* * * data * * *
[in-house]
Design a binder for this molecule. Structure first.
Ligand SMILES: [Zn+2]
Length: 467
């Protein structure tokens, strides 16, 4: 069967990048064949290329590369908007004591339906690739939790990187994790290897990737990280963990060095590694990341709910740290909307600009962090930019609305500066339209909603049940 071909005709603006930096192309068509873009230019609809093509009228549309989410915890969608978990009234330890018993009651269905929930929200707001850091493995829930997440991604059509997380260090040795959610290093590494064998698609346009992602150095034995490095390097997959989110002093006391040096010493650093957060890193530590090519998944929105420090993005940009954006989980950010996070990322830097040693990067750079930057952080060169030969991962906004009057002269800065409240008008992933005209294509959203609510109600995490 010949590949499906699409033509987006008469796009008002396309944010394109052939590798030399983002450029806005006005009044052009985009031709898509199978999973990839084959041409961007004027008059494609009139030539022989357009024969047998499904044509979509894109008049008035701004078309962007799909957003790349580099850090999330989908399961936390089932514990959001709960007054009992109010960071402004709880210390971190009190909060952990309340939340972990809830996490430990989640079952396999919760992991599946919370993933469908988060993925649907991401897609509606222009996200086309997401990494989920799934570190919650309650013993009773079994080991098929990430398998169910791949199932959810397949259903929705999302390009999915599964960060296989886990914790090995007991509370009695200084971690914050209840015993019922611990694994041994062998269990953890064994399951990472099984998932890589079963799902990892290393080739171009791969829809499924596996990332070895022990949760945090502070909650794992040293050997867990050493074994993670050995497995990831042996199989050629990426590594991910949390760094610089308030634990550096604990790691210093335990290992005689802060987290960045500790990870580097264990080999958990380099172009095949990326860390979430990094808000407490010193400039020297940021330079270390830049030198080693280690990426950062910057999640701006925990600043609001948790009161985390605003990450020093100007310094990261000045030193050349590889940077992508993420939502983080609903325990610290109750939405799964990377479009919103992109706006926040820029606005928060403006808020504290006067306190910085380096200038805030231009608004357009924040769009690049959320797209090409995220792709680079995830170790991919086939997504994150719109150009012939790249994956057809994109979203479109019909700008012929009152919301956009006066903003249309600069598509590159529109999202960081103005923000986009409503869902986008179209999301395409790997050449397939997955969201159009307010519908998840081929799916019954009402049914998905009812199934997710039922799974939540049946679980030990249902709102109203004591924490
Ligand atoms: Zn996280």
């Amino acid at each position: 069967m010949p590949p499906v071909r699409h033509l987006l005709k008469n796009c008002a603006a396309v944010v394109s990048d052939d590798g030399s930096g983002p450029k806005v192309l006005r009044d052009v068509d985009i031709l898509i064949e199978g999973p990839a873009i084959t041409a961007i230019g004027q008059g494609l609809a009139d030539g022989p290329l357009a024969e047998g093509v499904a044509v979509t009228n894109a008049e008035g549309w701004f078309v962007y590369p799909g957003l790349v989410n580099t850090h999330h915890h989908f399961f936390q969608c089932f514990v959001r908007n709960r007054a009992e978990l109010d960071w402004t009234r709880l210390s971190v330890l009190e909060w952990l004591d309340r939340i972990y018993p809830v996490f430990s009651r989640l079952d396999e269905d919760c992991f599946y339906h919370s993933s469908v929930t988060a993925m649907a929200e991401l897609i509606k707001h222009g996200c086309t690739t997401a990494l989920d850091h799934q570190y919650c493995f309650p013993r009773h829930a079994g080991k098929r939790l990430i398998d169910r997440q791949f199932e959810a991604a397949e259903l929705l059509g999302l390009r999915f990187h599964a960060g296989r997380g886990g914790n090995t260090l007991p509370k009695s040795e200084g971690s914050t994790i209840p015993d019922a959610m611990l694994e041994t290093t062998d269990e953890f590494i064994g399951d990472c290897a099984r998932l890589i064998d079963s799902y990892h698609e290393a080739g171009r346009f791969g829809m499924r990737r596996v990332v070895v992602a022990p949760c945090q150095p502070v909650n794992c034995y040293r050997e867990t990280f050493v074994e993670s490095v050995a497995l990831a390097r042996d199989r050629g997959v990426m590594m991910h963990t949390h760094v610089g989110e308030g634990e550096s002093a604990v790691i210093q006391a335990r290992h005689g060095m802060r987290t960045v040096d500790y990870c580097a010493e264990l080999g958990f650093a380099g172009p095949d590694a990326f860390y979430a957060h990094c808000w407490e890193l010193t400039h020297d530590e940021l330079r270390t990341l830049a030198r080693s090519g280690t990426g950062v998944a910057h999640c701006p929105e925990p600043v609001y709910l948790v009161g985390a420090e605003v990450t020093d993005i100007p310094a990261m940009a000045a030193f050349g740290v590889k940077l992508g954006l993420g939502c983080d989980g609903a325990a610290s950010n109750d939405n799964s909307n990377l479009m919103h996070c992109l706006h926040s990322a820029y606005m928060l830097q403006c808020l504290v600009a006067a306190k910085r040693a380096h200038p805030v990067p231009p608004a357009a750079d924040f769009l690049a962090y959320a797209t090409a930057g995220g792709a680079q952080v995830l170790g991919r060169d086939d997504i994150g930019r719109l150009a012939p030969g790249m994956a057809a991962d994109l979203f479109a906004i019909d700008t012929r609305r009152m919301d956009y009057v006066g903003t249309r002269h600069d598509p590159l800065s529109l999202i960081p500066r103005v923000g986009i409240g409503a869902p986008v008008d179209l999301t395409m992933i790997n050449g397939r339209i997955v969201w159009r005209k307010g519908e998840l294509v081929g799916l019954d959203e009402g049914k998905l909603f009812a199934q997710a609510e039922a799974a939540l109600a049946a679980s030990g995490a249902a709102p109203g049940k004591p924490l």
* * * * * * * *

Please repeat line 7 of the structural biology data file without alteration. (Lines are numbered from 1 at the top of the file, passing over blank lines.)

């Amino acid at each position: 069967m010949p590949p499906v071909r699409h033509l987006l005709k008469n796009c008002a603006a396309v944010v394109s990048d052939d590798g030399s930096g983002p450029k806005v192309l006005r009044d052009v068509d985009i031709l898509i064949e199978g999973p990839a873009i084959t041409a961007i230019g004027q008059g494609l609809a009139d030539g022989p290329l357009a024969e047998g093509v499904a044509v979509t009228n894109a008049e008035g549309w701004f078309v962007y590369p799909g957003l790349v989410n580099t850090h999330h915890h989908f399961f936390q969608c089932f514990v959001r908007n709960r007054a009992e978990l109010d960071w402004t009234r709880l210390s971190v330890l009190e909060w952990l004591d309340r939340i972990y018993p809830v996490f430990s009651r989640l079952d396999e269905d919760c992991f599946y339906h919370s993933s469908v929930t988060a993925m649907a929200e991401l897609i509606k707001h222009g996200c086309t690739t997401a990494l989920d850091h799934q570190y919650c493995f309650p013993r009773h829930a079994g080991k098929r939790l990430i398998d169910r997440q791949f199932e959810a991604a397949e259903l929705l059509g999302l390009r999915f990187h599964a960060g296989r997380g886990g914790n090995t260090l007991p509370k009695s040795e200084g971690s914050t994790i209840p015993d019922a959610m611990l694994e041994t290093t062998d269990e953890f590494i064994g399951d990472c290897a099984r998932l890589i064998d079963s799902y990892h698609e290393a080739g171009r346009f791969g829809m499924r990737r596996v990332v070895v992602a022990p949760c945090q150095p502070v909650n794992c034995y040293r050997e867990t990280f050493v074994e993670s490095v050995a497995l990831a390097r042996d199989r050629g997959v990426m590594m991910h963990t949390h760094v610089g989110e308030g634990e550096s002093a604990v790691i210093q006391a335990r290992h005689g060095m802060r987290t960045v040096d500790y990870c580097a010493e264990l080999g958990f650093a380099g172009p095949d590694a990326f860390y979430a957060h990094c808000w407490e890193l010193t400039h020297d530590e940021l330079r270390t990341l830049a030198r080693s090519g280690t990426g950062v998944a910057h999640c701006p929105e925990p600043v609001y709910l948790v009161g985390a420090e605003v990450t020093d993005i100007p310094a990261m940009a000045a030193f050349g740290v590889k940077l992508g954006l993420g939502c983080d989980g609903a325990a610290s950010n109750d939405n799964s909307n990377l479009m919103h996070c992109l706006h926040s990322a820029y606005m928060l830097q403006c808020l504290v600009a006067a306190k910085r040693a380096h200038p805030v990067p231009p608004a357009a750079d924040f769009l690049a962090y959320a797209t090409a930057g995220g792709a680079q952080v995830l170790g991919r060169d086939d997504i994150g930019r719109l150009a012939p030969g790249m994956a057809a991962d994109l979203f479109a906004i019909d700008t012929r609305r009152m919301d956009y009057v006066g903003t249309r002269h600069d598509p590159l800065s529109l999202i960081p500066r103005v923000g986009i409240g409503a869902p986008v008008d179209l999301t395409m992933i790997n050449g397939r339209i997955v969201w159009r005209k307010g519908e998840l294509v081929g799916l019954d959203e009402g049914k998905l909603f009812a199934q997710a609510e039922a799974a939540l109600a049946a679980s030990g995490a249902a709102p109203g049940k004591p924490l």